King left his mark through carving
September 20, 2018
Joseph Luke King Jr., 59, known as "Uncle Joe" in Klukwan where he lived, didn't begin carving in the Northwest Coast style until he stepped toward sobriety and wellness about fifteen years ago. Family members who observed his transformation say that carving was a gift from God that arrived when he needed it most. King learned from, and worked under, master carver Jim Heaton. He left his mark most notably on the new village long house. "His hands and energy are in everything there. He was always there, he was always working, and he always worked hard," Heaton said.
King was born in Haines on March 17, 1959 to Joseph King Sr. and Clara Williams King. His parents divorced and his father and Klukwan grandparents, Mary and James King, reared him. He was from the Coho clan, and his Lingit name was Skéenyaa. He attended Mt. Edgecumbe High School in Sitka where he played basketball. After school he served in the Army National Guard for five years and worked as a longshoreman for Klukwan Inc. at Long Island. "Then the battle with alcohol grew fierce," his family wrote in his eulogy. "It tried to take his life in a car wreck, a fire, while lost in San Francisco, and an extended coma. Many times he ended up in critical care so close to death, and he'd pull through." That coma was a turning point, they said, and credited the Klukwan community with encouraging King's sobriety.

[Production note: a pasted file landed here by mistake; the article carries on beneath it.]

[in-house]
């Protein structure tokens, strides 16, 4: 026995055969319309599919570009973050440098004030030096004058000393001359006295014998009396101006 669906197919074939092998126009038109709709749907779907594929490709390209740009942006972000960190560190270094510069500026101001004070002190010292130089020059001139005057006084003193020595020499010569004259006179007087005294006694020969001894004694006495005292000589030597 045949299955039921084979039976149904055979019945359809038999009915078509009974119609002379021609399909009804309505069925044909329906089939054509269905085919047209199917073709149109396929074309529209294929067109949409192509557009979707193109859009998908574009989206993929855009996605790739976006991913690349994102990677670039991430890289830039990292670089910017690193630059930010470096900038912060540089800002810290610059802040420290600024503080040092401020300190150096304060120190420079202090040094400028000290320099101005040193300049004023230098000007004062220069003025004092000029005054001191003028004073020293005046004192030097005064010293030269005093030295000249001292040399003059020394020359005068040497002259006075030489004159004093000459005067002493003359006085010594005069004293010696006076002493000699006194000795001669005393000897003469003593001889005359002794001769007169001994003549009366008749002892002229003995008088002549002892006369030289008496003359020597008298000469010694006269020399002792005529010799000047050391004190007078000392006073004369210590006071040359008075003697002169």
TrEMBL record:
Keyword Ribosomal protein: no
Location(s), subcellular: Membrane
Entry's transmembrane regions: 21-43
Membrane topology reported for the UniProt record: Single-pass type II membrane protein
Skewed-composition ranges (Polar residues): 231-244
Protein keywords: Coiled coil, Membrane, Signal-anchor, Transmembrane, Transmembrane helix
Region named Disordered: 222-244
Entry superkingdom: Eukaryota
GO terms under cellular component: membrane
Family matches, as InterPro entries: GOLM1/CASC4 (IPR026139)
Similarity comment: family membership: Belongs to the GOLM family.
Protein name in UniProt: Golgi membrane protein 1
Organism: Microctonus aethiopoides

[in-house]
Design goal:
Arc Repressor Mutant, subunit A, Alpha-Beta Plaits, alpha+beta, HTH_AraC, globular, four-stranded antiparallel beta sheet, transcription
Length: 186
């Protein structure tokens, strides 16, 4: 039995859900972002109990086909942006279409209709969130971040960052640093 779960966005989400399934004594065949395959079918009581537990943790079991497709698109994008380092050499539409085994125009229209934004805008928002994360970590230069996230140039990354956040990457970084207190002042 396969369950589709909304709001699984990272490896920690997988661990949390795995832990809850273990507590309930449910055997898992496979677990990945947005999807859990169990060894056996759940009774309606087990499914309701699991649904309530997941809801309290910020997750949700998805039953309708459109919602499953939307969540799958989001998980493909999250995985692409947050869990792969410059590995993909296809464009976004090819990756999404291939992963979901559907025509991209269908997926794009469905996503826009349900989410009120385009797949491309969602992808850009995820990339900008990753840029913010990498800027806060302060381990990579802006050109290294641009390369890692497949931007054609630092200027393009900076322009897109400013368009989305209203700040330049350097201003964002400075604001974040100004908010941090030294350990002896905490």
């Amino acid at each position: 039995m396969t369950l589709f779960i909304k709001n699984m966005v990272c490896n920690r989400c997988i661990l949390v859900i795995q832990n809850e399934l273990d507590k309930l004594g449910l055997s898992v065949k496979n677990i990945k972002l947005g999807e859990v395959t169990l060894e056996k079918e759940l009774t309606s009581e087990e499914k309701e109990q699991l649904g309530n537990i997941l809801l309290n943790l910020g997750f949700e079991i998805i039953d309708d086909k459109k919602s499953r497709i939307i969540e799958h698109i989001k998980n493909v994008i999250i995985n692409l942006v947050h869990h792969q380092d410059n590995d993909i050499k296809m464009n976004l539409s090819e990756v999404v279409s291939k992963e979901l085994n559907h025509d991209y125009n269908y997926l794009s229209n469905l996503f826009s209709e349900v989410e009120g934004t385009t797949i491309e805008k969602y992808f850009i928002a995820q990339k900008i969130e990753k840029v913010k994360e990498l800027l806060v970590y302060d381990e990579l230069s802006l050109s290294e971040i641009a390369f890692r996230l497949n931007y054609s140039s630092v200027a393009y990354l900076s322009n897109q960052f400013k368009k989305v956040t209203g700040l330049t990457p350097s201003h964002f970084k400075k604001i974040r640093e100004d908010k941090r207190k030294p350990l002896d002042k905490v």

The woodcarving work helped him, as did his daughter Joleen with common-law wife Kath Hotch. As King grew healthier, he tried to be a better parent, and to do his part in village life. For fun he shoveled snow, drove the village side-by-side ATV, yelled "shoot" at school and city league basketball games and tournaments, picked berries, played iPod games, logged 10,000 steps for various SEARHC health challenges, looked for bears, played Bingo, walked his dogs, and watched the Lakers on TV.
This past year, King shared difficult childhood experiences that he said fueled his recurring bouts with alcohol.
The family says he died on Aug. 21 in Haines of complications from a chronic illness.
"Joseph King Jr. was no saint, but people could not help but love him," his family wrote. "His generosity was overwhelming and his humor unexpected."
In addition to his wife and daughter, King leaves ten nieces and nephews, and the children of his aunt, Margaret Stevens. He lived with his mother-in-law, Evelyn Hotch, who died a few weeks after he did. His family thanks all of the Joe King "support team" and encourages those who also wish for sobriety to have faith that friends and family will be there for you.